Creme de la phlegm

 
Gideon Haigh, Kill your Darlings

The books pages of Australian newspapers and magazines have become such a wasteland. Sections that should contain some of a publication’s sharpest, shrewdest, most incisive and irreverent writing have become hodgepodges of conventional wisdom and middlebrow advertorial.

The 2 qualities of a good book review

First, it is a lively and engaging piece of writing. It informs and invigorates. It detains and delights. Yet how often in Australia do you read a book review that is a sparky, spunky, memorable bit of prose? And how many reviewers can you name whose work you would cheerfully read regardless of the book being discussed?

Second, a competent book review should be a form of inquiry into what makes good books good – an inquiry with, as unfashionable as it sounds, the courage of its elitism. Without a benchmark of what constitutes excellent writing, scrupulous research and intelligent discussion, a reviewer is locked into a world in which ‘liking’ and ‘not liking’ are the only options – the Beavis and Butthead world, as the American literary critic Curtis White has put it, in which ‘this sucks, that rocks, this is awesome, and everything is just finally a lot stupid’.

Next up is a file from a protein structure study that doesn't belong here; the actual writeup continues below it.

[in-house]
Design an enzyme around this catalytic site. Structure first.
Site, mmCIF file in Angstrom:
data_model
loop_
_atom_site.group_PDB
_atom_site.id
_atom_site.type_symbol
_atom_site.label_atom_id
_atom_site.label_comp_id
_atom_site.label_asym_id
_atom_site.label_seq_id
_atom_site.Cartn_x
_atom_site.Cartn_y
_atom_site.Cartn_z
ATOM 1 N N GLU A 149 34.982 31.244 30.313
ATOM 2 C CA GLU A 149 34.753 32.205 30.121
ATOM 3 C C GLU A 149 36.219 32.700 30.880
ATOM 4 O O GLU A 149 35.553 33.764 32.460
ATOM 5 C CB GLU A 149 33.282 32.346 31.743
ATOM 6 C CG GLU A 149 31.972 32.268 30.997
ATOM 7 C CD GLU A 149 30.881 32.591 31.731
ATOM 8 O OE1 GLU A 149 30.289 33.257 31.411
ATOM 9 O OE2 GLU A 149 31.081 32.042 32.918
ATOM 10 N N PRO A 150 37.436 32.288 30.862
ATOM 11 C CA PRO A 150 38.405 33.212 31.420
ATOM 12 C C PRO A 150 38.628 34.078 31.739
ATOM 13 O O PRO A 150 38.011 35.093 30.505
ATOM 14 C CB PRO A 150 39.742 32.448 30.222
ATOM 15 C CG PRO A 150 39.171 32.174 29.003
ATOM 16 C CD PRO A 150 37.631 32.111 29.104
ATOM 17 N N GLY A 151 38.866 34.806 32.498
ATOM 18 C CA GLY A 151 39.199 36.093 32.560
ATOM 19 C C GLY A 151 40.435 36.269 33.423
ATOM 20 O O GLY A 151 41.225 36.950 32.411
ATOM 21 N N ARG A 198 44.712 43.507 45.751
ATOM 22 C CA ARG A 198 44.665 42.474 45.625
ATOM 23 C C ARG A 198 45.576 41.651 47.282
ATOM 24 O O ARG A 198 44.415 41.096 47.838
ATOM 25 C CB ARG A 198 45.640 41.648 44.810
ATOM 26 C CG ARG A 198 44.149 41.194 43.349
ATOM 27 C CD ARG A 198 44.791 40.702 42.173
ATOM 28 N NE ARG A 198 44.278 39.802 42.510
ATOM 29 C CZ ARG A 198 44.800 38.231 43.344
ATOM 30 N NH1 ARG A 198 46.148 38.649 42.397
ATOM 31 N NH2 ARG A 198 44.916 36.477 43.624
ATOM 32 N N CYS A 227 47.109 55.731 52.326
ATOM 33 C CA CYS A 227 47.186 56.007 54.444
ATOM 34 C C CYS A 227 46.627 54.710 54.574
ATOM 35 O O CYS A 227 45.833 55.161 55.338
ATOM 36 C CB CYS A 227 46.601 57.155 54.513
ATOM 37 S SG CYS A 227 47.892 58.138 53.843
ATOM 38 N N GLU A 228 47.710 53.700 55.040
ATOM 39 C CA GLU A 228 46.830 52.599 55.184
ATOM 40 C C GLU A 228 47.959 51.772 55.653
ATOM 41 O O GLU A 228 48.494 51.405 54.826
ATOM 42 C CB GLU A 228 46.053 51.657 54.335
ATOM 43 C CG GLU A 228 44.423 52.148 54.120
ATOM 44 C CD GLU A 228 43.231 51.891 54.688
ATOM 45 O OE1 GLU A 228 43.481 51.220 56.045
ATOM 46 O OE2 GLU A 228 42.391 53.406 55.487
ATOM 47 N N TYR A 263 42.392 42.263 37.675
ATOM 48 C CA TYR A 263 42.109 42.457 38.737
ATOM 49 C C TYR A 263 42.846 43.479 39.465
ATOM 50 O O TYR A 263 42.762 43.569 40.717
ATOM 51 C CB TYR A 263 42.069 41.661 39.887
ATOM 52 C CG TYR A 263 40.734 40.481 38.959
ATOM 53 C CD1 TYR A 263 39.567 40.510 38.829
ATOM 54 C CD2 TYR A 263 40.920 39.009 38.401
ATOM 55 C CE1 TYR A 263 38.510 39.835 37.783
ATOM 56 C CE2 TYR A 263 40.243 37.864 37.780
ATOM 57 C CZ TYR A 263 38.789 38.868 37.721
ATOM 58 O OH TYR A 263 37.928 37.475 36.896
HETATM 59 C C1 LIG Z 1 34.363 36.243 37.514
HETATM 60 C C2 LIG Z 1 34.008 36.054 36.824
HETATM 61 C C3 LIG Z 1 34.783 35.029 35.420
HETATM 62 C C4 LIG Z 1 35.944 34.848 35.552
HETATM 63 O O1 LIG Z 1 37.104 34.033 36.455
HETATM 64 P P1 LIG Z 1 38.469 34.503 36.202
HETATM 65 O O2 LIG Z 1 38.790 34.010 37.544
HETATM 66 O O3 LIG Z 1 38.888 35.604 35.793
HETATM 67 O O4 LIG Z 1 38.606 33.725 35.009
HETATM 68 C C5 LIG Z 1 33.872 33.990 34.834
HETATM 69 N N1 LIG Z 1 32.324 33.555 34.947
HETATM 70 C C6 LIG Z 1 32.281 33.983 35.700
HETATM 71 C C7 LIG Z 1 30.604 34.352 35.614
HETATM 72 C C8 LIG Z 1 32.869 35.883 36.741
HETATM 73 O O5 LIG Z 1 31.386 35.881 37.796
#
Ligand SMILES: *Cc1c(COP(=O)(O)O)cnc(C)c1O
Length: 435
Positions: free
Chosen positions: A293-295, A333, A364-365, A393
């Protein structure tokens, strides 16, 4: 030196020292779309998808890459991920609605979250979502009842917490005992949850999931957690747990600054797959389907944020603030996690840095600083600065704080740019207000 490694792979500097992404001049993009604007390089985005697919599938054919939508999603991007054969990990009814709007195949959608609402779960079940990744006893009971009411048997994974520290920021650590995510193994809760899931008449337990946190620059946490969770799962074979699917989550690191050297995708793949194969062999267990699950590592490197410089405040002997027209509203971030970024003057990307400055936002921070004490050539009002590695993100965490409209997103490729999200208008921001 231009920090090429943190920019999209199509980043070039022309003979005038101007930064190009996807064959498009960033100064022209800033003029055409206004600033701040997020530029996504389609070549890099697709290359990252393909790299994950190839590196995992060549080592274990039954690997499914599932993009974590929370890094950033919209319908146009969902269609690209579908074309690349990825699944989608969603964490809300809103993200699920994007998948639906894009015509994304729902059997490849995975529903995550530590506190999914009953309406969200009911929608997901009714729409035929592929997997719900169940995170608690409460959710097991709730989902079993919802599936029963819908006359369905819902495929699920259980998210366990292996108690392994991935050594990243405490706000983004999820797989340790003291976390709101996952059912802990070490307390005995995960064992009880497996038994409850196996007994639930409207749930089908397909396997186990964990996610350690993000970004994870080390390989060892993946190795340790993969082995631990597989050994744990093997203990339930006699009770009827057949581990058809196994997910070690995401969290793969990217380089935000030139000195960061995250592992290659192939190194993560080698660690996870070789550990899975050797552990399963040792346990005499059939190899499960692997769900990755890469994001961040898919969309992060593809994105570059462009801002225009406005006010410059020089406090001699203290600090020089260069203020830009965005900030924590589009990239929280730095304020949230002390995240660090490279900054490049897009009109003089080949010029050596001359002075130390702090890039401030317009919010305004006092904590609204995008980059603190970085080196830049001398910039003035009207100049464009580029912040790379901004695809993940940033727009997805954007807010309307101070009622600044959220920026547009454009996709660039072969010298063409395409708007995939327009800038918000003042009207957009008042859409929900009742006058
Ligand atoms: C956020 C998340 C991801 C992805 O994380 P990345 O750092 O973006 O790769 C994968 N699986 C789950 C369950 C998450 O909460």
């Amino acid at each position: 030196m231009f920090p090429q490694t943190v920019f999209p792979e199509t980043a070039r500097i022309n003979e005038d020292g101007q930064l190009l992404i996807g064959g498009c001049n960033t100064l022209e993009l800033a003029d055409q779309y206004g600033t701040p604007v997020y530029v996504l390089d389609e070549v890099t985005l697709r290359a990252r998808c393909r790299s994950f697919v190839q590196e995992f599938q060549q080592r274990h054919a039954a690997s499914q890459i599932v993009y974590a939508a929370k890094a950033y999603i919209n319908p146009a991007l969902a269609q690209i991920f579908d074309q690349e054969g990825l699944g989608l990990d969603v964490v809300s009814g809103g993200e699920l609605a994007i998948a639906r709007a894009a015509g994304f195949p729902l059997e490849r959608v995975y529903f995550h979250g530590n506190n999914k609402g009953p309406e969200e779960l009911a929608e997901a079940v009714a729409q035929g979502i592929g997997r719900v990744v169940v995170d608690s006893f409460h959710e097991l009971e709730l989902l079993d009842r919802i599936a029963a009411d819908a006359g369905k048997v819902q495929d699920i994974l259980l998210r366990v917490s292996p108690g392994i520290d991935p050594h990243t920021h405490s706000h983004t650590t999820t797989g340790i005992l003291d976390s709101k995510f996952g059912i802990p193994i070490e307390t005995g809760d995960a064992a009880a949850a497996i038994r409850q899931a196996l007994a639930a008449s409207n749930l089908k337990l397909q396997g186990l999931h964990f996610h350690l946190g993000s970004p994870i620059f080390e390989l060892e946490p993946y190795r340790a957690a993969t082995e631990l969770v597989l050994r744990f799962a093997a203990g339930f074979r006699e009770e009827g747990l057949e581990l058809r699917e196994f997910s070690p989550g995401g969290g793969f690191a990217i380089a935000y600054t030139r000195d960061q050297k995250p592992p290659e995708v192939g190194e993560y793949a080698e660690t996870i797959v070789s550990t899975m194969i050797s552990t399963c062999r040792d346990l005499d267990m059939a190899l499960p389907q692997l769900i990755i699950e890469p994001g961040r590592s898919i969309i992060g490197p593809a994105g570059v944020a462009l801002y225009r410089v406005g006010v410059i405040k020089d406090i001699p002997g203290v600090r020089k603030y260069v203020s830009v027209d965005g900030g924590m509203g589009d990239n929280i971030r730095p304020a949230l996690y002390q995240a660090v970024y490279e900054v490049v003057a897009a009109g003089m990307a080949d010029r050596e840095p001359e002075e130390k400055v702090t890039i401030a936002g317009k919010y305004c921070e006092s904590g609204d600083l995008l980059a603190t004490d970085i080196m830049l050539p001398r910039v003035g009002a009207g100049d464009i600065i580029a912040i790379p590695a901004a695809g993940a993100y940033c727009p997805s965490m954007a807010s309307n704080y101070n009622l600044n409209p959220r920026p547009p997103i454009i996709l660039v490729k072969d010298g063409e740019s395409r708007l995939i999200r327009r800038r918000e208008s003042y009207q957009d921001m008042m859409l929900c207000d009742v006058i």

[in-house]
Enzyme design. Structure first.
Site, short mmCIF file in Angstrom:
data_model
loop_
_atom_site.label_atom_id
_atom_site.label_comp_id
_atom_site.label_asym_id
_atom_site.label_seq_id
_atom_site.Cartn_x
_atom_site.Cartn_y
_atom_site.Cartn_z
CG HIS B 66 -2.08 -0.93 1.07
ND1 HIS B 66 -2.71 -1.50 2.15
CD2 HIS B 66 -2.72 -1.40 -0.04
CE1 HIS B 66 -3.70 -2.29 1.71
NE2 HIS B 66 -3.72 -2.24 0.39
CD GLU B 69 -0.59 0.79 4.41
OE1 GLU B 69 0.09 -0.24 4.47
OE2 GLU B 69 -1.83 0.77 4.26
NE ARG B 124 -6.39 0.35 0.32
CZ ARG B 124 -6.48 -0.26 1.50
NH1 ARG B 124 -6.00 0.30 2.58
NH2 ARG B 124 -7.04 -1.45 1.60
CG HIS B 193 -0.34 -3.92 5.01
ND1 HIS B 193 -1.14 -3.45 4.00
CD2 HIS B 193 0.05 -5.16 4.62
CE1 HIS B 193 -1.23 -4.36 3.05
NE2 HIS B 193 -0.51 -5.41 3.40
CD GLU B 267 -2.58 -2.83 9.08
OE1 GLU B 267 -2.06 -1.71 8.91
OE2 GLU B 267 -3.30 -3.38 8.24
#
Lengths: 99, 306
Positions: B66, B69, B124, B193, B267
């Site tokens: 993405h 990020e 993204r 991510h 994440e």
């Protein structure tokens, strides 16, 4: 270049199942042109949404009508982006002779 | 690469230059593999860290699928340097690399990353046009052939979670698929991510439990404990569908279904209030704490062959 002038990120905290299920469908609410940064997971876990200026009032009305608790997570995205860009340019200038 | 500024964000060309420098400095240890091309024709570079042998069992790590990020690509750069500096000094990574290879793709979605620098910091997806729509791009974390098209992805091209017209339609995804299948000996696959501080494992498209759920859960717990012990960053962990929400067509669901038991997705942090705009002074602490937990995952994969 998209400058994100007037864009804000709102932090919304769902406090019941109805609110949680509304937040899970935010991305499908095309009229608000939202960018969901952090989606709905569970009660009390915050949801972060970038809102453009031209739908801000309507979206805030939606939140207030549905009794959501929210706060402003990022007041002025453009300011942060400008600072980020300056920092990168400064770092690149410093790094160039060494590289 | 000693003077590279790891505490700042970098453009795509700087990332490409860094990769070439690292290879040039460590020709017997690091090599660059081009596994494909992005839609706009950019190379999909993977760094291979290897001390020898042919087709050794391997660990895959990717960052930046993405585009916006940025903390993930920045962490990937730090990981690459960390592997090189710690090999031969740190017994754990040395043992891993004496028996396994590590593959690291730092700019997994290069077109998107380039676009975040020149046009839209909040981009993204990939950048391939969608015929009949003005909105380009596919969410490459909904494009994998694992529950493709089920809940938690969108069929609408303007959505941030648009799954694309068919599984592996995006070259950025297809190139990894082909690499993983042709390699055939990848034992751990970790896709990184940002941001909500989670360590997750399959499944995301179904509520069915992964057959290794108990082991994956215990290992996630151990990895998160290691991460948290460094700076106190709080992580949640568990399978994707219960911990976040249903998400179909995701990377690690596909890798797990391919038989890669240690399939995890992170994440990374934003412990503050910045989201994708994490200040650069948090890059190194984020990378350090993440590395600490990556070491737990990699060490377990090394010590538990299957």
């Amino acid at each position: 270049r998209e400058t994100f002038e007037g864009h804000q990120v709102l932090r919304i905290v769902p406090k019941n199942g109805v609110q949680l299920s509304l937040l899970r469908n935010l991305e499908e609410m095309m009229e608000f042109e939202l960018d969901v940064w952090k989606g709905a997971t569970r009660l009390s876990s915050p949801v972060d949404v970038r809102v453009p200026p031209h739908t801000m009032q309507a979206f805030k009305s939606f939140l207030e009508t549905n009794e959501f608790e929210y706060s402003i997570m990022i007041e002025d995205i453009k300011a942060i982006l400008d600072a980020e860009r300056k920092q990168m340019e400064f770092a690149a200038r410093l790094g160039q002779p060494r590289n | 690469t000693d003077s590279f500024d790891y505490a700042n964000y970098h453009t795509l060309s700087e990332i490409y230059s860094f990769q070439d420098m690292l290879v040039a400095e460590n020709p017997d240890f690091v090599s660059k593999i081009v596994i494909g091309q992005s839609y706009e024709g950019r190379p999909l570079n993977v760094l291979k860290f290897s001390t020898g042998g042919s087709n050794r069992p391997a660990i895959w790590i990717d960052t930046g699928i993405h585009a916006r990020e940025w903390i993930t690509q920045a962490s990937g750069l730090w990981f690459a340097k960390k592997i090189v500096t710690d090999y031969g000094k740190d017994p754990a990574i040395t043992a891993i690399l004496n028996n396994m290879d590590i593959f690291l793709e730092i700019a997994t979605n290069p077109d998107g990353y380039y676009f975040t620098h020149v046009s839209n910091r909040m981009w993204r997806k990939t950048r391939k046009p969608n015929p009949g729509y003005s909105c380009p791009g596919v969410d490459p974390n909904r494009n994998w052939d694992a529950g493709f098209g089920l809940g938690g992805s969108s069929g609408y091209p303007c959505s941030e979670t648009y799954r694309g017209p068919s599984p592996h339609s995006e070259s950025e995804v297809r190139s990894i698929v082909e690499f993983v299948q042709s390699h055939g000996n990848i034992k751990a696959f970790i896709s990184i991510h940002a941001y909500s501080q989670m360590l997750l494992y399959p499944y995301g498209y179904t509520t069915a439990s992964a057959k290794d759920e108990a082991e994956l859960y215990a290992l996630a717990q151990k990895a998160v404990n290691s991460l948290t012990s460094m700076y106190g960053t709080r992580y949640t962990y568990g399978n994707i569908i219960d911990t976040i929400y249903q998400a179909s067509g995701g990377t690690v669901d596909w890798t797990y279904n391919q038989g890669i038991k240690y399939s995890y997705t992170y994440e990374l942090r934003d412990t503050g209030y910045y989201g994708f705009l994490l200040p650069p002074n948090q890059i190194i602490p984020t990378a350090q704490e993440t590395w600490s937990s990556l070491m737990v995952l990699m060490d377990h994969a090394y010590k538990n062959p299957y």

As well as setting standards, a competent review gives context, deepens understanding and clarifies debate. This requires some discern­ment, some rigour, even some dedication. If you’re reviewing a work of fiction, it might be expedient to have read, or if not, to read, the author’s earlier publications; if you’re critiquing a work of non-fiction, it will require an acquaintance with the subject in question, even if it is a general one. Whatever the case, reviewing is a discipline, a form of argument demanding logic and evidence as well as ‘taste’ and ‘opinion’. And it is a discipline in barely acknowledged decline.

Read Haigh’s scathing critique of Australia’s literary critics in Kill Your Darlings